Welcome to the Million Dollar Journey Nov 2009 Net Worth Update
It’s almost the end of 2009 and my net worth growth (along with many others) has been on a steady climb over the months. Most of the gains this year has been from rapidly appreciating equity markets since March 2009, strong income and, most importantly, savings. Providing that the markets stay the course through December, our family net worth will be within striking distance of the $400k threshold. Still a ways to go until the $1 million milestone but movement in the right direction none the less.
Looking at the most recent net worth update below, this past month was especially strong for savings. This increase was due to my wife receiving a bonus along with a change in my tax liability calculations (behind the scenes). We had another large drop in my non-registered account due to a volatile penny stock that I own. Although most of my equity is invested for the long term, I like to set aside some “play” money to take a few chances.
On to the numbers:
Assets: $ 474,550 (+0.86%)
- Cash: $4,500 (+0.00%)
- Savings: $21,500.00 (+30.30%)
- Registered/Retirement Investment Account: $74,000.00 (+0.27%)
- Pension: $27,850.00 (+0.54%)
- Non-Registered Investment Account: $15,700.00 (-4.85%)
- Smith Manoeuvre Investment Account: $52,000.00 (+0.97%)
- Principal Residence: $275,000 (+0.00%) (purchase price)
- Vehicles: $4,000 (2 vehicles) (-20.00%)
Liabilities: $83,200.00 (-2.69%)
- Tax Liability: $3,000 (-0.00%)
- Principal Residence Mortgage (readvanceable): $26,800.00 (-8.22%)
- HELOC balance: $53,400 (+0.19%)
Total Net Worth: ~$391,350.00(+1.65%)
- Started 2009 with Net Worth: $309,950.00
- Year to Date Gain/Loss: +26.26%
Some quick notes and explanations to net worth questions I get often:
The $4,500 cash are held in chequing accounts to meet the minimum balance so that we pay no fees (accounting for regular bill payments). Yes, we do hold no fee accounts also, but I find value in having an account with a full service bank as the relationship with a banker can prove useful.
Our savings accounts are held with PC Financial and ING Direct. We usually hold a fair bit of cash in case “something” comes up. The “something” can be anything that requires cash such as an investment opportunity that requires quick cash or maybe an emergency car/home repair. We also need cash to cover any future tax liabilities.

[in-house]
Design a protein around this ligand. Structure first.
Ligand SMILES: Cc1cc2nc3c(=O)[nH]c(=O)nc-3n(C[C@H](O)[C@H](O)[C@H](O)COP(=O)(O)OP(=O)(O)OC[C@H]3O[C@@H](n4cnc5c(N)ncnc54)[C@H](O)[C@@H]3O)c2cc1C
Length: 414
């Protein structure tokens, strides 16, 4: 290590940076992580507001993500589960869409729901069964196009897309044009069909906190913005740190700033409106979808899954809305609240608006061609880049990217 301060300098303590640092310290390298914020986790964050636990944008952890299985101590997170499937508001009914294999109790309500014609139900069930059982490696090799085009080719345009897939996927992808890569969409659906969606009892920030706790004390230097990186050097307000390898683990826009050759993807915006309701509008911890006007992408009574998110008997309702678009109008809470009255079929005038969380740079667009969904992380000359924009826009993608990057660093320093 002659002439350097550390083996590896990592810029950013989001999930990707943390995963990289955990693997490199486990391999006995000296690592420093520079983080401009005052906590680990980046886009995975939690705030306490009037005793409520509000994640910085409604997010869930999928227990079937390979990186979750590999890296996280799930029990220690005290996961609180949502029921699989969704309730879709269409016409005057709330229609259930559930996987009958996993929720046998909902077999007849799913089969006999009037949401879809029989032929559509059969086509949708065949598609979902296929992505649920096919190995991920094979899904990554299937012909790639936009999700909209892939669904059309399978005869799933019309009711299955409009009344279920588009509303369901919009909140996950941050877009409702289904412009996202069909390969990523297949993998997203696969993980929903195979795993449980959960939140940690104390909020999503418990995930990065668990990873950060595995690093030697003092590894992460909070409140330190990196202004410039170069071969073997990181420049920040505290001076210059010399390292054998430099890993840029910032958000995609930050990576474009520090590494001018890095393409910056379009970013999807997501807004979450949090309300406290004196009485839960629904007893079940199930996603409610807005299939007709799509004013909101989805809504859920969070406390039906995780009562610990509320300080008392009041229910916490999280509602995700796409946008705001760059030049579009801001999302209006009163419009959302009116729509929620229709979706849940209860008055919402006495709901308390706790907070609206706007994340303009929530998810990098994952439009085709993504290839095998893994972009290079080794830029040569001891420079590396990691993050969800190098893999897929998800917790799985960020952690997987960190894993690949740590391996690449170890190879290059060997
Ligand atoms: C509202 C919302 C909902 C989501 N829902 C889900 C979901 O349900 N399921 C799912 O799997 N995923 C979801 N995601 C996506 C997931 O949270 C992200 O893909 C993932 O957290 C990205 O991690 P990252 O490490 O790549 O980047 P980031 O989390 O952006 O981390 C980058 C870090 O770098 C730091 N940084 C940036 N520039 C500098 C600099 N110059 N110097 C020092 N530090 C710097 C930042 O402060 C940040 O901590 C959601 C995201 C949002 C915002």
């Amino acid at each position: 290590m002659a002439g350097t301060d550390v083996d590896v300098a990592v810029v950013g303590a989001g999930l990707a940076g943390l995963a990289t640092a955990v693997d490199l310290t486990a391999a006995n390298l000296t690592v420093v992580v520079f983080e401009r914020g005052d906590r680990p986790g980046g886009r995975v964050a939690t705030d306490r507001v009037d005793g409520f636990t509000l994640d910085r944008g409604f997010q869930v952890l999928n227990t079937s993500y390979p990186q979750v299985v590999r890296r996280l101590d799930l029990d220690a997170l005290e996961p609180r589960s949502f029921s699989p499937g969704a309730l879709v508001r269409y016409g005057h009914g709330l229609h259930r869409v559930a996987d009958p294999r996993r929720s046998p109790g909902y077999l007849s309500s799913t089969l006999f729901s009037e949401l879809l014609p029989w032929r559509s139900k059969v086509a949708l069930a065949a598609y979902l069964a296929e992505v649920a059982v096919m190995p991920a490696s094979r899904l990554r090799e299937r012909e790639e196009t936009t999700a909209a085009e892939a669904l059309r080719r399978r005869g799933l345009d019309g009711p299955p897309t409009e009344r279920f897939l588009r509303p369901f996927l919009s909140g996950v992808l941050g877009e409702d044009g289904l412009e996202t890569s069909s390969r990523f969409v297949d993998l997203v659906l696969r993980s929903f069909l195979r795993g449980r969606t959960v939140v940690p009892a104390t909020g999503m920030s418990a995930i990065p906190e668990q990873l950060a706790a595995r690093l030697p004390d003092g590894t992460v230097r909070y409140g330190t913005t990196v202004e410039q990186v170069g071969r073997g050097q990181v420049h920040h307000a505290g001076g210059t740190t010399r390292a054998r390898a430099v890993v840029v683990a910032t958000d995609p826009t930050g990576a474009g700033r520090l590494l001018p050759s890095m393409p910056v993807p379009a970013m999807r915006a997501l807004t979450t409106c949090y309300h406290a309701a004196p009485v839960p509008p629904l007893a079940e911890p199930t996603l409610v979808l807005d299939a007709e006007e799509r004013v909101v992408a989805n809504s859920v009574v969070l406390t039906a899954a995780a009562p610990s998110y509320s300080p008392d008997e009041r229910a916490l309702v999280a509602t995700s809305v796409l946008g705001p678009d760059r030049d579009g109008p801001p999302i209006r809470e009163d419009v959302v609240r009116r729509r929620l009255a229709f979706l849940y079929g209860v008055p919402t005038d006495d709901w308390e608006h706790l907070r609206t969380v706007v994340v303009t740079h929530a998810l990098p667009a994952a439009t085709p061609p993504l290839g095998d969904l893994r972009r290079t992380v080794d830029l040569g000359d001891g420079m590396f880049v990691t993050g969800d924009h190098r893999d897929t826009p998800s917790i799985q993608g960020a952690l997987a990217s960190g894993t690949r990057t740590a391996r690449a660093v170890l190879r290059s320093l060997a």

Our real estate holdings consist of a primary residence plus a rental property. The value of the principal residence remains valued at the purchase price despite significant appreciation in the real estate market that we’re in. I will most likely be adjusting the value of the home come the new year.
Basics: looking for help to start investing @ Canadian Money Forum
5 Reasons Why You Will Retire Broke and Unhappy @ Generation X Finance
Why Gold could be a Bubble @ Canadian Capitalist
Black Friday Inspired Shopping Strategies @ Digerati Life
7 Tips To Help You Stop Fighting Over Money @ Financial Highway
When Is It Time to Hire a Financial Planner? @ The Sun’s Financial Diary
Be Prepared With An Emergency Kit For Your Car @ Canadian Finance Blog
Why I Don’t Buy Digital Media @ Lazy Man and Money
How to Fix Up Your Resume (guest post) @ Brip Blap
Is my severance tax deductible? @ Thicken My Wallet
I’m Ashamed of Being Wealthy @ Canadian Dream
Real Estate Short Sales Explained @ Money Smart Life
The Problem With Property Management @ Four Pillars
Plan and Budget for Holiday Spending @ My Dollar Plan
Tax Advantages of Segregated Funds versus Mutual Funds @ Where Does All My Money Go
Are Financial Advisors Worth 1% of Your Savings Each Year? @ Michael James on Money